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Lari Don Interview

Posted on 22/09/2010 in Book of the Month Lari Don Rocking Horse War

Just in case you missed the Lari Don author interview which was posted at the release of her new book Rocking Horse War, here it is again. The questions were based on those asked by pupils from Pitlochry High School in Perthshire and Abbeyhill Primary in Edinburgh.

Q. Did you always want to be an author?
Lari Don [LD]: I certainly always wanted to write. I used to write plays and ideas for film scripts when I was younger. So I think I always assumed I would write, but I always thought I would do it when I was old and wrinkled and sitting in a rocking chair. But I’m really pleased that I’m doing it now, when I’m still able to dash about the place, researching locations all over Scotland, and talking to readers in schools and libraries and bookshops!

Q. What inspired you to write Rocking Horse War?
LD: My two daughters demanded that I tell them a story about horses, and I was trying to think of a horsey story that didn’t have gymkhanas or magic talking animals in it, and suddenly I saw this picture in my head of a pale gleaming horse looking at its reflection in a pool of water. I knew that it was gleaming with varnish, not with grooming – it was a wooden horse. I also knew that the person looking at it was someone who was searching for some missing children. I immediately wanted to write about that person, and this horse, and that’s how Rocking Horse War started to come alive in my head.

Q. Why did you decide to write a book set in the past and what was so special about the 1920s?
LD: I didn’t really DECIDE to set it in the past, it’s just that when I started to write about the missing children and the wooden horses and the Perthshire landscape, it didn’t feel like now. It felt like longer ago. And I picked the 1920s because the children have all been affected by the First World War. It did cause few problems though — the heroine Pearl has to wear a dress the whole time, rather than jeans and trainers, but she still manages to climb trees, walls, cliffs and mountains!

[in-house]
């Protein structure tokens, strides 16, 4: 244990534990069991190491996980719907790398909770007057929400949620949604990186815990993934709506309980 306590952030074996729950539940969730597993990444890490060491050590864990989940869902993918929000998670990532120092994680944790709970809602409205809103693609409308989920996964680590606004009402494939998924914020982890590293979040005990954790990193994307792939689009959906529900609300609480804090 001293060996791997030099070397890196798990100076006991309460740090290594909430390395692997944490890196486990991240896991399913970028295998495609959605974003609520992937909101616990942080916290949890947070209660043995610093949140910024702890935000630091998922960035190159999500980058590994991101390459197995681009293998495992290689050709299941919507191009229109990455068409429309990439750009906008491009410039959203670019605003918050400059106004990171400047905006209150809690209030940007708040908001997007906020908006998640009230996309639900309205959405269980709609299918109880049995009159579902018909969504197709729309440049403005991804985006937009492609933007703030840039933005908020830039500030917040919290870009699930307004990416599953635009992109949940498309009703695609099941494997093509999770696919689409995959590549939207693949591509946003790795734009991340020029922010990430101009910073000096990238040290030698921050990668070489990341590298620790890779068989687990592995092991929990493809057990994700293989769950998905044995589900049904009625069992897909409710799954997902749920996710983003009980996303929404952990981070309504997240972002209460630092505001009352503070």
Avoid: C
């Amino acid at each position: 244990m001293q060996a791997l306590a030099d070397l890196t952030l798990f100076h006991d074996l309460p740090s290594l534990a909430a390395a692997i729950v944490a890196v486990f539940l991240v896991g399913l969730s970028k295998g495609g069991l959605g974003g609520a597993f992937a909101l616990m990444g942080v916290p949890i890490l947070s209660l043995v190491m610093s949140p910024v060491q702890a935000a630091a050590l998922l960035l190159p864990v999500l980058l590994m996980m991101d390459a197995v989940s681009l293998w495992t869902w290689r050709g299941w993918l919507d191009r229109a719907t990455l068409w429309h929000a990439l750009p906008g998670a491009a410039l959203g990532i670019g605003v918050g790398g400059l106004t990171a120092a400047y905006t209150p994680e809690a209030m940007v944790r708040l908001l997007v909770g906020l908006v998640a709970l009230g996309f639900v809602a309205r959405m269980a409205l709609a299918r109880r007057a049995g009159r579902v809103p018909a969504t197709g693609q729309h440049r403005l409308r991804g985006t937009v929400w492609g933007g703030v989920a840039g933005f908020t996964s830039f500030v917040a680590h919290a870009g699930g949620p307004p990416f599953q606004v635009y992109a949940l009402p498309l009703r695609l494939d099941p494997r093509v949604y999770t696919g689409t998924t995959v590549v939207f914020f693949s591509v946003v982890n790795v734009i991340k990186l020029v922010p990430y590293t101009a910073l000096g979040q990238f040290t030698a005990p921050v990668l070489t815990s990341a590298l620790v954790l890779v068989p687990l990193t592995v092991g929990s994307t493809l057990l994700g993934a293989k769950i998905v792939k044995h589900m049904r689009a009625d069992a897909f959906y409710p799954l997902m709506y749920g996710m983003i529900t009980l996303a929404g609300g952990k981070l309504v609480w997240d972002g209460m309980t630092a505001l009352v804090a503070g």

Q. How long did it take to write Rocking Horse War?
LD: It took less than a year to write, but a lot longer to tidy and edit and get ready for other people to read!

Q. How many books have you written?
LD: So far, I’ve written 3 novels, two picture books (The Big Bottom Hunt is out and I hope another one will be published next year), two retellings of old stories (Tam O’Shanter, already published, and a retelling of a Sumerian goddess myth, which will be published next year) and I’m right in the middle of writing the next First Aid book, which I hope to finish this year.

Q. Who is your favourite character from all of your books?
LD: That is a really difficult question. I like the characters who don’t always do what I plan for them, so I’ve always really enjoyed writing Yann, the centaur in First Aid and Wolf Notes. But I think my absolutely favourite character of all is Emmie, the missing sister Pearl searches for in Rocking Horse War, because when Pearl found her, Emmie turned out to be much more interesting (and less easy to control) that I had ever imagined. I enjoyed being with Emmie so much, that I’ve written an extra chapter from her point of view.

Q. Which one of your books is your favourite?
LD: That’s another REALLY difficult question. I love all my books, for different reasons! And Rocking Horse War is particularly special to me because I invented an entire mountain range for it, and filled it with some of the wildest, weirdest and least predictable characters I’ve ever written. And I really didn’t know if they would all make it out alive… But my truly favourite book is always the one I’m writing at the moment, so right now it’s the third First Aid book (set on the North Coast of Scotland, with lots of caves and cliffs and sea monsters!)

Q. How do you decide what the cover looks like?
LD: I don’t! The publishers find an illustrator and ask them to do a cover which lets readers know what kind of book it is. I do get to look at the suggested cover, to see if it fits with the facts of the story, and to let the editor know if I like it, but I don’t actually choose the cover or the artist. I do love the cover of Rocking Horse War though — it manages to have mountains, darkness, castles, horses and that really rather scary red at the bottom (fire? blood?) and link them all together to say “ADVENTURE!” in a really brilliant way.

Q. What is the best thing about being an author?
LD: I love spending time in the stories, getting to know the characters, putting them in terrible danger and then working out how to rescue them. I also love the way the story changes and takes on a life of its own as I write it. But I also love the other half of a writer’s job – going out and meeting readers, hearing what you think of books and stories, and helping you bring your imagination to life too!

Q. What would do you if your rocking horse came alive?
LD: Given what I know about the violent and unfriendly rocking horses in my story, I’d probably run and hide! Or else I’d call Pearl and Emmie, as they have now got plenty of experience with rocking horses, and get them to come and rescue me.